Ethnic minorities in Iran
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This article focuses on ethnic minorities in Iran and their related political issues.
Iran is an ethnically diverse country, and interethnic relations are generally amicable. Persians form the majority of the population. However, historically the terms "Iran" and "Persia" have referred to a confederation of all groups native to the Iranian Plateau, and the speakers of Iranian languages, whether located in Iran or not (e.g. Tajiks, Kurds, Pashtuns, etc.). Therefore, historically, the use of the term "Persian" has included all the various regional dialects and subgroups of Iran.
The main ethno-linguistic minority groups in Iran are the Azeris, Kurds, Balochs, Arabs, Turkmens, Pashtuns, Armenians, Georgians, Assyrians and Jews. The tribal groups include the Bakhtiaris, Khamseh, Lurs, Qashqai, as well as others. While many Iranians identify with a secondary ethnic, religious, linguistic, or regional background in some way, the primary identity unifying virtually all of these sub-groups is their distinctly Iranian language, and/or culture. Though many of the tribal groups have become urbanized over the decades, some continue to function as rural tribal societies. According to the CIA World Factbook and other Western. sources, ethnicity/race in Iran breaks down as follows: Persian 61%, Azeri 16%, Kurd 10%, Arab 2%, Lur 6%, Baloch 2%, Turkmen 2%, other 1%. However, these statistics are largely discredited and viewed as flawed by Iranians themselves, because the Western data ignores considerable intermarriage rates over centuries between these groups, and the fact that almost all of these groups speak Persian as well as their ethnic language, and identify with their sub-identity only secondarily Moreover, there is debate as to what the definition of a Persian is. According to Western sources, such as the CIA World Factbook, anyone in Iran who associates with a regional linguistic sub-identity is deemed an "ethnic minority", even though the individual speaks Persian as their first language, and is ethnically indistinguishable[clarification needed] from the rest of Iranians, including Persians. Conversely, Western sources erroneously define the "Persian" "ethnicity" as basically anyone living in Iran who does not claim a secondary regional linguistic identity.
While many of these ethnic groups have their own languages, cultures, and often literature they all native to Iran and majority of Iran's ethnic groups are Iranian people. Despite their overwhelming similarities, in modern times, their differences occasionally emerge as political ambitions, largely as a result of provocation from outside powers(See section foreign involvement). Some of these groups are also religious minorities. For instance, the majority of Kurds, Baluchis and Turkmen are Sunni Muslims, while the state religion in Iran is Shi'a Islam. Some of these groups however have large Shi'a majorities and the overwhelming majority of Persians and Azeris are Shi'a.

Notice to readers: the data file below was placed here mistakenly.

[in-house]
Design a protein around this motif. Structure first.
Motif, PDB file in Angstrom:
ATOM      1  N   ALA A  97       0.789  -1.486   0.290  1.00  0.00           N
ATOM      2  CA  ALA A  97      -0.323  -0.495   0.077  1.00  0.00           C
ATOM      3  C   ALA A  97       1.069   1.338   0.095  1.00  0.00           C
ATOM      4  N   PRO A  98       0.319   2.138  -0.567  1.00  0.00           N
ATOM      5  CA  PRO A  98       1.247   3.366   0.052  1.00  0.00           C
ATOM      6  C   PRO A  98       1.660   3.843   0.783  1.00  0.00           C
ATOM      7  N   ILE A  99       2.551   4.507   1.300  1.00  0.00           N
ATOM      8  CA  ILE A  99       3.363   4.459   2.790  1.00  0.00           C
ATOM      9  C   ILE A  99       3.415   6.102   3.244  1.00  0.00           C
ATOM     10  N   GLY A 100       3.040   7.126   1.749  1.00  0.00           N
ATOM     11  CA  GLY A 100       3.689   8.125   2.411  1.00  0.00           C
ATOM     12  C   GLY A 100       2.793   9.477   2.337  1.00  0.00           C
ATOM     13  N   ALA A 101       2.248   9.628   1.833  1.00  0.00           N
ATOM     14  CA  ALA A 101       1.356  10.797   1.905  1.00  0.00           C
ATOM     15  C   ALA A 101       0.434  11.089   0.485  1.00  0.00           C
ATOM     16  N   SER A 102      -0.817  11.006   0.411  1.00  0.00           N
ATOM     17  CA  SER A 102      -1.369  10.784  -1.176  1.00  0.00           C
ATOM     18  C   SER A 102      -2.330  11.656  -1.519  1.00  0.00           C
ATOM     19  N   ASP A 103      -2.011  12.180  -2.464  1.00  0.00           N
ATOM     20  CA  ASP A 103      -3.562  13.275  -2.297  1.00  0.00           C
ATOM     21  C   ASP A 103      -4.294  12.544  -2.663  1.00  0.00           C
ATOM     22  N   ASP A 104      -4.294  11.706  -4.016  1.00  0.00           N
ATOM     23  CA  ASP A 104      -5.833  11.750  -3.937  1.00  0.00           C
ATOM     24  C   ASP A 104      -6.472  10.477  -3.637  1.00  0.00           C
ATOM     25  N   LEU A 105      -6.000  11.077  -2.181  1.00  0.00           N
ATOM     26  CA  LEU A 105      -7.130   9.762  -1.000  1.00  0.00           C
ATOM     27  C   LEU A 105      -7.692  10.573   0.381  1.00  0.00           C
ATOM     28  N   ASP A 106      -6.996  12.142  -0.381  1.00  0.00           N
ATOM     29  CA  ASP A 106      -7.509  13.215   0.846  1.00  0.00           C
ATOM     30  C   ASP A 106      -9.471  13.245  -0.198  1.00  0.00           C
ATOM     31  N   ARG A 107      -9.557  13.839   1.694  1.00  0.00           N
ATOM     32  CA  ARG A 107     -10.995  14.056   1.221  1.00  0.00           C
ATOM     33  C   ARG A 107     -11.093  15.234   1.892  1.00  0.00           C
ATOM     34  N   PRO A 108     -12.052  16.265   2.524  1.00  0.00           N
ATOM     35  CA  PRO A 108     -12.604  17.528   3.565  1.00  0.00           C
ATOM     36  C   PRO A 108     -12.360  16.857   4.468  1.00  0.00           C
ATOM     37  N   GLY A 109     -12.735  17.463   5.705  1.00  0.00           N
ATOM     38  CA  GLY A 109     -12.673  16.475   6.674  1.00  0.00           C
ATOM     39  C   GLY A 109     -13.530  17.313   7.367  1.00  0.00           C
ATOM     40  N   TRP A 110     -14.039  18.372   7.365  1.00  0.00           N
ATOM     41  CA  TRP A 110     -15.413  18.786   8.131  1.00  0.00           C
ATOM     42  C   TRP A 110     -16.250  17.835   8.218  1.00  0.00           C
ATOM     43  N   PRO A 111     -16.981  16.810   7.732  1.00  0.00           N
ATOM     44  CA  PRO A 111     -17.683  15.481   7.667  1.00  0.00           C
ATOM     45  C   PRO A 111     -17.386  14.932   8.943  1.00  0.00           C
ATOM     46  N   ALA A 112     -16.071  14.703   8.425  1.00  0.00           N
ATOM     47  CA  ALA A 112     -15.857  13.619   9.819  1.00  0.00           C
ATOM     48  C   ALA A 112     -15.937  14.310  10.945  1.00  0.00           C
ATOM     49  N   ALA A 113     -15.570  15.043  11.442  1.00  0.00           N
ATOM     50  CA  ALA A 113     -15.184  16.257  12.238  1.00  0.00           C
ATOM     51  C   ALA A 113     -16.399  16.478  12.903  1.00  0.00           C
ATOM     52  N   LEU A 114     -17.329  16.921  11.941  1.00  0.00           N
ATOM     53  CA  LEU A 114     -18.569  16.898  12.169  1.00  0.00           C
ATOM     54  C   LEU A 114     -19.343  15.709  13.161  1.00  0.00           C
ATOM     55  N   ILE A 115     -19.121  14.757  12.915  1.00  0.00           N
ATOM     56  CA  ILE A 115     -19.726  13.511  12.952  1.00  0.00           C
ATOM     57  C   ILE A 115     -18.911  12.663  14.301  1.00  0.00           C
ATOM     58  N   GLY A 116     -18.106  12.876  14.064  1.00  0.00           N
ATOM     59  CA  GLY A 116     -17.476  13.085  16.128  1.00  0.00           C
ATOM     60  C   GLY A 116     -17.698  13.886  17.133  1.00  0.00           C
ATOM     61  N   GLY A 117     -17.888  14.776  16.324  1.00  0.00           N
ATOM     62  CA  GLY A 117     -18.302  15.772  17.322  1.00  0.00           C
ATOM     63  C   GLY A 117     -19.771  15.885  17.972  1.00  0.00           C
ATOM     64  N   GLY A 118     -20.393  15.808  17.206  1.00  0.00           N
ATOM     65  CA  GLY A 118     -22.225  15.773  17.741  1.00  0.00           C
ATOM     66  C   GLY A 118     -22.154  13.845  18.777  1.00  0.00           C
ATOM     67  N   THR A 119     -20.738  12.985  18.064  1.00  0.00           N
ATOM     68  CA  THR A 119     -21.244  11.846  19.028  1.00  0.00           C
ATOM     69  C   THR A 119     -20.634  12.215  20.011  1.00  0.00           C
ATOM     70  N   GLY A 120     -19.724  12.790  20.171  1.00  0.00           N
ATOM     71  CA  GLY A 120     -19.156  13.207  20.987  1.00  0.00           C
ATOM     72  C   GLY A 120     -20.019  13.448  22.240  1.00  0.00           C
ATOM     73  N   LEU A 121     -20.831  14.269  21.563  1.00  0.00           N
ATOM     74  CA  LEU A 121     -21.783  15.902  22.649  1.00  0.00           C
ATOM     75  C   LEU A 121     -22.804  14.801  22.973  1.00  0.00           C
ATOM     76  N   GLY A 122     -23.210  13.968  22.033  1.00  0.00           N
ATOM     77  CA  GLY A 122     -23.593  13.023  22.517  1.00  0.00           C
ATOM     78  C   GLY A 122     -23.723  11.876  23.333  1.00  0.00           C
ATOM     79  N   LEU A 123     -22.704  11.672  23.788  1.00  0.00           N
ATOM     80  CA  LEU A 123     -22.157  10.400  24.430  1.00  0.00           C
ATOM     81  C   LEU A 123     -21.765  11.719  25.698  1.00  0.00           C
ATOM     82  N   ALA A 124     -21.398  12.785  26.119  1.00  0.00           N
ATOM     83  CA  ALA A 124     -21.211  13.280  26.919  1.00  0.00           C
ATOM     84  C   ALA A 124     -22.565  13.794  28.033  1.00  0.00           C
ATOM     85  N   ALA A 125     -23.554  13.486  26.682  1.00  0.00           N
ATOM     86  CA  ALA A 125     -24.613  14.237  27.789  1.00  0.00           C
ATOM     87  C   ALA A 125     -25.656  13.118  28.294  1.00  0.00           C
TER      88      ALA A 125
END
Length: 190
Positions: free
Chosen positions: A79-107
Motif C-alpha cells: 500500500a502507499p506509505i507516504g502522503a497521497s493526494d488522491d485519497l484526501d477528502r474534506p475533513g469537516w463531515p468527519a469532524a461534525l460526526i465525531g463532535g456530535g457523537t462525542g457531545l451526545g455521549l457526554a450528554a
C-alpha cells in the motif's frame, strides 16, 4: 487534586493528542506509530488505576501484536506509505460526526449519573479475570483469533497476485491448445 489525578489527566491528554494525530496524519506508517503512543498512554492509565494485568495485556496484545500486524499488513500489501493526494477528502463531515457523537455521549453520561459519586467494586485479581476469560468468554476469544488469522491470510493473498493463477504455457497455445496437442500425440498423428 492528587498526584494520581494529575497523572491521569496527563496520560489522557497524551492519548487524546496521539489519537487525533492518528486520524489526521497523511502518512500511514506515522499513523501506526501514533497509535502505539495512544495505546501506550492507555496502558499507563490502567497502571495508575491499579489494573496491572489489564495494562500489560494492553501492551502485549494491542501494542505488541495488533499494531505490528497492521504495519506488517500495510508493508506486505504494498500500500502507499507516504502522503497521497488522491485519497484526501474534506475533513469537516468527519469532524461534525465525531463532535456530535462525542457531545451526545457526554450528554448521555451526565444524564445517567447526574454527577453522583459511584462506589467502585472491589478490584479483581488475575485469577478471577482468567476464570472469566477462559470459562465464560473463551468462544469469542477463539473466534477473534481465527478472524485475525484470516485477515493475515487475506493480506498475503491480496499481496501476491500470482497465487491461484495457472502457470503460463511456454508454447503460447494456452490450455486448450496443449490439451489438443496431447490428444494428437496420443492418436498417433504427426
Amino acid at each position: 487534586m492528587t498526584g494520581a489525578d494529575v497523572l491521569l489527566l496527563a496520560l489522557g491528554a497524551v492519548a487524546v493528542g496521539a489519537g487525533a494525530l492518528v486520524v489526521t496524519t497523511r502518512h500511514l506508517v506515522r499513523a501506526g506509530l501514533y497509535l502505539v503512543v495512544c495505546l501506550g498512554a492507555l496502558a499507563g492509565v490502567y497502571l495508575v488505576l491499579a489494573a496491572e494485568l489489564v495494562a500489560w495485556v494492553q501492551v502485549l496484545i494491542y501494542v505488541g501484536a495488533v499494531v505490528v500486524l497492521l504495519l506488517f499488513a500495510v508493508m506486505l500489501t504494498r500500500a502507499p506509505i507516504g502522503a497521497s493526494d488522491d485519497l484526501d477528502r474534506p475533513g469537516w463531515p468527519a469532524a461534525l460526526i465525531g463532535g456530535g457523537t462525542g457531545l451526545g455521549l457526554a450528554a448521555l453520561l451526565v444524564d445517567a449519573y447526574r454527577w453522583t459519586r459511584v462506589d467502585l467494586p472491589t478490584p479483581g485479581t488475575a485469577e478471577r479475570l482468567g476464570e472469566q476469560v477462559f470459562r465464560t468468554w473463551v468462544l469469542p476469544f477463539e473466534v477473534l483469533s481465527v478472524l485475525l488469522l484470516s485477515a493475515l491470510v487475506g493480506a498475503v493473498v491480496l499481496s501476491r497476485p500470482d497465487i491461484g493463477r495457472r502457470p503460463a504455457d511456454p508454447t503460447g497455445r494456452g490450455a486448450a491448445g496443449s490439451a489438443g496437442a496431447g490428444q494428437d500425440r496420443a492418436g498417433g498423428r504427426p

One of the major internal policy challenges during the centuries up until now for most or all Iranian governments has been to find the appropriate and balanced approach to the difficulties and opportunities caused by this diversity, particularly as this internal diversity has often been readily utilized by foreign powers. According to Professor Richard Frye:
|“||Thus the mosaic of peoples living in Iran today reflects the central geographical situation of the country throughout history, frequently described as a crossroads of Eurasia. Although many languages and dialects are spoken in the country, and different forms of social life, the dominant influence of the Persian language and culture has created a solidarity complex of great strength. This was revealed in the Iran-Iraq War when Arabs of Khuzestan did not join the invaders, and earlier when Azeris did not rally to their northern cousins after World War II, when Soviet forces occupied Azerbaijan. Likewise the Baluch, Turkmen, Armenians and Kurds, although with bonds to their kinsmen on the other side of borders, are conscious of the power and richness of Persian culture and willing to participate in it.||”|
||The neutrality of this section is disputed. (August 2008)|
The Constitution of Iran guarantees freedom of cultural expression and linguistic diversity. Many Iranian provinces have radio and television stations in local language or dialect. School education is in Persian, the official language, but use of regional languages is allowed under the constitution of the Islamic Republic, and Azeri language and culture is studied at universities and other institutions of higher education. Article 15 of the constitution states:
|“||The Official Language and script of Iran, the lingua franca of its people, is Persian. Official documents, correspondence, and texts, as well as text-books, must be in this language and script. However, the use of regional and tribal languages in the press and mass media, as well as for teaching of their literature in schools, is allowed in addition to Persian||”|
Further, Article 19 of the Iranian constitution adds:
|“||All people of Iran, whatever the ethnic group or tribe to which they belong, enjoy equal rights; color, race, language, and the like, do not bestow any privilege.||”|